States Far From Uniform in Commitment to Kindergarten
While high-quality preschool tops the agenda for many federal, state, and local officials, kindergarten—widely considered the first year of formal schooling—has received far less attention.
Despite kindergarten's pivotal role in preparing children for reading and other academics, state laws on what districts must provide still vary widely, resulting in a patchwork of mandatory and voluntary half-day and full-day offerings. Those disparities can leave children less than prepared for the demands of 1st grade, some educators say.
According to the Denver-based Education Commission of the States, just 15 states require students to attend kindergarten. And while most states require districts to offer at least a voluntary half-day program—Alaska, Idaho, New Jersey, New York, and Pennsylvania are the exceptions—that half-day could be just a few hours.
Such laws reflect a disconnect between state policy and the importance of kindergarten, which some researchers are calling the "new 1st grade," with its increased focus on literacy and accountability for the youngest school children. The Common Core State Standards also treat kindergarten as a full-fledged grade, without reference to the fact that for some children, kindergarten may be fewer than 15 hours per week.
Alexander Holt, a policy analyst at the New America Foundation, is the author of a policy brief released in August that advocates retiring the "half day" and "full day" labels.
"We would not be talking about 'half day' or 'full day' 2nd grade," Mr. Holt said. "It shows how much less seriously we take [kindergarten], and we should be asking ourselves why."
Buffalo, N.Y., offers an example of the tension that can exist between state law and district needs.
Since 1967, the city's school district has offered preschool to residents, eventually growing the service into a full-day program that also offers transportation, breakfast, and lunch to 4-year-olds. But it was only this year that the district was able to require parents to take a pivotal next step in their children's education: actually sending all 5-year-olds to the district's full-day kindergarten programs. To make that a mandate took a change to New York state law, which doesn't require school attendance until age 6.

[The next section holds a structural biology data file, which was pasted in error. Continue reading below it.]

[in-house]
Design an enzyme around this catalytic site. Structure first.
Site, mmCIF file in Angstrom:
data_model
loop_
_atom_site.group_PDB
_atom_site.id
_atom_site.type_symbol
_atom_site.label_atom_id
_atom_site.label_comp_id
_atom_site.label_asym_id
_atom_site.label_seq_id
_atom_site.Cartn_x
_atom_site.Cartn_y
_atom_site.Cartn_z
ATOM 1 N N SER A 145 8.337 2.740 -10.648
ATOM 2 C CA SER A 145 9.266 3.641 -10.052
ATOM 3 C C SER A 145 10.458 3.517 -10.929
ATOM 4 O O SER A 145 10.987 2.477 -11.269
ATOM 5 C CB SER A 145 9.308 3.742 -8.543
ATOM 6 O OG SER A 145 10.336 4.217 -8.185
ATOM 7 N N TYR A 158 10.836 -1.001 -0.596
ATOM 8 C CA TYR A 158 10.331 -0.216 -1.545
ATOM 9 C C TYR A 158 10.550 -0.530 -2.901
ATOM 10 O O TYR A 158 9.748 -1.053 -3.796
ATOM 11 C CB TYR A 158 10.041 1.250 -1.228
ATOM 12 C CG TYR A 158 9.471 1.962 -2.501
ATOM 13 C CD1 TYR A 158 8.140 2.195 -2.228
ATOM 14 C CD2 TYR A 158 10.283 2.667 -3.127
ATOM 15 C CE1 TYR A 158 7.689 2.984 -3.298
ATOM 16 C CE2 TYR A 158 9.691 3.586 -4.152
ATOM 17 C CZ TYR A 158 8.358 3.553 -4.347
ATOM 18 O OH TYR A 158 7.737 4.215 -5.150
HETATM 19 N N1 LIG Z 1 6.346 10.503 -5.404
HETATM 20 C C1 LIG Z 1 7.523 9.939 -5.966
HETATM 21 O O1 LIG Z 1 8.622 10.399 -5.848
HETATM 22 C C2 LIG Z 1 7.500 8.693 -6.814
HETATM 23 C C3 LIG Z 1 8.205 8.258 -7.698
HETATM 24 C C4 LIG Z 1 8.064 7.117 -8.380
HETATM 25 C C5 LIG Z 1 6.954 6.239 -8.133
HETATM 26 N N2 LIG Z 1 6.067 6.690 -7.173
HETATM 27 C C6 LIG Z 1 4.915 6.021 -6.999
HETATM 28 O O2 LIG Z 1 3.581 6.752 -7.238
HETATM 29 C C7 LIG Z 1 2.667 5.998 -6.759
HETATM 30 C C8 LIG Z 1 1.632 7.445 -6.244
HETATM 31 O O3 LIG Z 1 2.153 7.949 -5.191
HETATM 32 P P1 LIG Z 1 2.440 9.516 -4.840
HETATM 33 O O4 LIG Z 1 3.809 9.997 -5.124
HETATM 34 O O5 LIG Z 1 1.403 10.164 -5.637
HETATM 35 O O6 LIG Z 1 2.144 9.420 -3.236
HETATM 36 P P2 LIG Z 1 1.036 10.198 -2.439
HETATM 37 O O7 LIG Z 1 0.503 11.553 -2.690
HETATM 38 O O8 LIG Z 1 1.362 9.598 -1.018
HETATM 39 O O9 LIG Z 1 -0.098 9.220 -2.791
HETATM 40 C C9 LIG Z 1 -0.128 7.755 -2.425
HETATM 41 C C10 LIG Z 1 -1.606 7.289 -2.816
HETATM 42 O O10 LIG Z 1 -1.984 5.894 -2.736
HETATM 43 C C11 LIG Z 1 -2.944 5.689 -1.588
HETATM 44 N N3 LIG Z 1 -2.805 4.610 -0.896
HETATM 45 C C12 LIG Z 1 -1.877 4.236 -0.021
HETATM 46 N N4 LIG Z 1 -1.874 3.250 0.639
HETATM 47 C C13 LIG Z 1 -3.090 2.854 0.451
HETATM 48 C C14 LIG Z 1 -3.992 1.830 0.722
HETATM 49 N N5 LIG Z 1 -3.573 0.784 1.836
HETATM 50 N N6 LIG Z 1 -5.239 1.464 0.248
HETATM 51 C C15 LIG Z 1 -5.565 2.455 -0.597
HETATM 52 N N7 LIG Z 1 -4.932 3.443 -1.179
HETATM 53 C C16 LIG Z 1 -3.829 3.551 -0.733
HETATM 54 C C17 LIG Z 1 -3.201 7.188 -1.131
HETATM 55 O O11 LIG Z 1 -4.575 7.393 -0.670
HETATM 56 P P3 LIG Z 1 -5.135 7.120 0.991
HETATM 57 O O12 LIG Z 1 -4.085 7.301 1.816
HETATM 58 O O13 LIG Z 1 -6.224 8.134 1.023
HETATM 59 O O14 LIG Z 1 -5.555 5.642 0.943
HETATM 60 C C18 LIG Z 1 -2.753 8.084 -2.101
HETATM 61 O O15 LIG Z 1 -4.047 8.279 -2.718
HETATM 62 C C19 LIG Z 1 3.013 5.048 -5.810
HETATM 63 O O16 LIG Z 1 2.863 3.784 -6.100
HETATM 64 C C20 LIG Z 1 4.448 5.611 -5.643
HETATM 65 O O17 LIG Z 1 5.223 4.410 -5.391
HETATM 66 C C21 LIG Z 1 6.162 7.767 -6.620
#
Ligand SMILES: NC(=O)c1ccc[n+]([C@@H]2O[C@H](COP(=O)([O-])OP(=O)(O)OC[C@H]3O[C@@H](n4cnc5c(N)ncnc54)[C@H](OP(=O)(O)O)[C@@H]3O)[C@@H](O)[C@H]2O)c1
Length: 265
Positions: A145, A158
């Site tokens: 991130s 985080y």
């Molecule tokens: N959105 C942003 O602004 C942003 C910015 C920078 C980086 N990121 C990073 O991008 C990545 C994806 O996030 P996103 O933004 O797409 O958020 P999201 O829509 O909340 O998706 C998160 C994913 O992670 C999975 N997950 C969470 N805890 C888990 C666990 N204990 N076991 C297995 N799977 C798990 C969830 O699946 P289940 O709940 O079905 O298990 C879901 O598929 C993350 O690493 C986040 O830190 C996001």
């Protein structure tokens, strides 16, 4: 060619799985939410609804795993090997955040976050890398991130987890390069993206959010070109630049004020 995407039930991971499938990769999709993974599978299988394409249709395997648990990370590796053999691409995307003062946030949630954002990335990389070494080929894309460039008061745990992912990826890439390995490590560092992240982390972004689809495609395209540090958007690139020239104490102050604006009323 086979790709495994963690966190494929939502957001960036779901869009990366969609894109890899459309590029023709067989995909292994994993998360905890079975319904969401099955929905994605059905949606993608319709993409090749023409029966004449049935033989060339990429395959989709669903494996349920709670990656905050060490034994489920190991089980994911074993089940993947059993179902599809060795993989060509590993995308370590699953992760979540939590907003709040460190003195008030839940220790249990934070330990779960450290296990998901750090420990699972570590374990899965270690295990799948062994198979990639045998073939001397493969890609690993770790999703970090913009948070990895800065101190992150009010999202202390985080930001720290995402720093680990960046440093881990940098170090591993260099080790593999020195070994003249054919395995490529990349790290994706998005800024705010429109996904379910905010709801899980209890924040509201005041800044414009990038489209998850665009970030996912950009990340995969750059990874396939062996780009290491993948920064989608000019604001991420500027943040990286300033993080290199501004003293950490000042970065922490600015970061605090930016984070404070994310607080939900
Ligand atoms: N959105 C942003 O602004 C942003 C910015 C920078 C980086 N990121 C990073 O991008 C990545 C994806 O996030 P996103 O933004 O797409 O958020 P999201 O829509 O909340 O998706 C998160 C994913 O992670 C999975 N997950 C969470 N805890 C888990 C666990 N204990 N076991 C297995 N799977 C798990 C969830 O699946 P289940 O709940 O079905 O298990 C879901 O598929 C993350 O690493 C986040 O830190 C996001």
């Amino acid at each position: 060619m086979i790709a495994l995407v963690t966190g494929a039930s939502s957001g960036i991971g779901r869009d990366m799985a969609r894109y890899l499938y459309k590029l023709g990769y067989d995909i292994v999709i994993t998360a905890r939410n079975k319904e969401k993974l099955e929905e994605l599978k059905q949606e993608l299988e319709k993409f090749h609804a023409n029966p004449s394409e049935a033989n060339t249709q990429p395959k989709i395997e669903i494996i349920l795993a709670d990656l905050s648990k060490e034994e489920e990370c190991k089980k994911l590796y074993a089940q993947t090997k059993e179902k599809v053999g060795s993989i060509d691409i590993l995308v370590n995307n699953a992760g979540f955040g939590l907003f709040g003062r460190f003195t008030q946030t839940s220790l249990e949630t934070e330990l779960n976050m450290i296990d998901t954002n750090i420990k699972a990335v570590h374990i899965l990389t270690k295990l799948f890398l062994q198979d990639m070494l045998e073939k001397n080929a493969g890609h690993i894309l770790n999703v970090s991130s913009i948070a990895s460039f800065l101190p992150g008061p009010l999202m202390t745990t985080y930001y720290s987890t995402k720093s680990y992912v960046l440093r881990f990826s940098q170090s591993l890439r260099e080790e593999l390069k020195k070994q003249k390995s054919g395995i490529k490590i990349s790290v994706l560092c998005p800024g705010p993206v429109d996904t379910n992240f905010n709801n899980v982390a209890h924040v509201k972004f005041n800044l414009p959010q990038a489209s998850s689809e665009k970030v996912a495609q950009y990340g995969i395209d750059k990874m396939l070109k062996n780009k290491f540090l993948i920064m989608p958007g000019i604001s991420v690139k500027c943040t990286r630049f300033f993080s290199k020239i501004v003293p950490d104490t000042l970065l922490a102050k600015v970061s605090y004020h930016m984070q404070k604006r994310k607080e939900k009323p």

"This is a very small window of opportunity we have to reach our 5-year-olds," said Kathleen A. Fennie, the supervisor of early-childhood curriculum, assessment, and instruction for the 34,000-student Buffalo district, which sought the mandate. "We don't get that back."
Utica, N.Y., was also granted permission to make kindergarten attendance mandatory this school year.
Kindergarten first started in the United States in the 1800s as a place for children to develop fine-motor and social skills while beginning to learn the basics of schooling.
Over time, however, the grade has become more academically rigorous, according to University of Virginia researchers Daphna Bassok and Anna Rorem.
From 1998 to 2006, kindergarten teachers reported devoting 25 percent more time to teaching early literacy, increasing it to 7 hours per week, the researchers found.
In 1998, a little less than a third of teachers said that kindergartners should leave the grade knowing how to read. By 2006, that percentage had risen to 65 percent.
The researchers also noted a corresponding drop in other elements of kindergarten, such as social studies, music, art, and physical education.
"The overall effect of these changes for young children is an important open question," they caution in their report, though they say that academic preparation need not be at odds with developmentally appropriate education for children.
Parents who enroll their children in kindergarten have been choosing full-day programs by a wide margin. Child Trends, a research center based in Bethesda, Md., analyzed the most recent U.S. Census Bureau data and found that 76 percent of kindergarten students nationally were enrolled in full-day programs, compared to 24 percent in half-day programs—an almost complete reversal of the enrollment pattern in 1977, when about 73 percent of children attended only a half day, compared to 27 percent in kindergarten for a full day.
State laws, however, have generally not changed to reflect kindergarten's importance and popularity among parents. Emily Workman, a policy analyst at the Denver-based Education Commission of the States, says that policymakers may still see kindergarten as "play time."
"There is a huge emphasis right now on preschool, and states are grasping on to that. That's where the discussion has gone," Ms. Workman said.
The commission itself is trying to refocus attention on the K-3 years and the quality improvements that are needed to ensure that whatever gains children achieve in a good preschool can be sustained, she said.
"You're still not going to see promising results if you don't ensure that what's going on in those classrooms is of high quality, and those teachers are of high quality," said Ms. Workman, who wrote a 2012 analysis of state early education policies called "Inequalities at the Starting Line."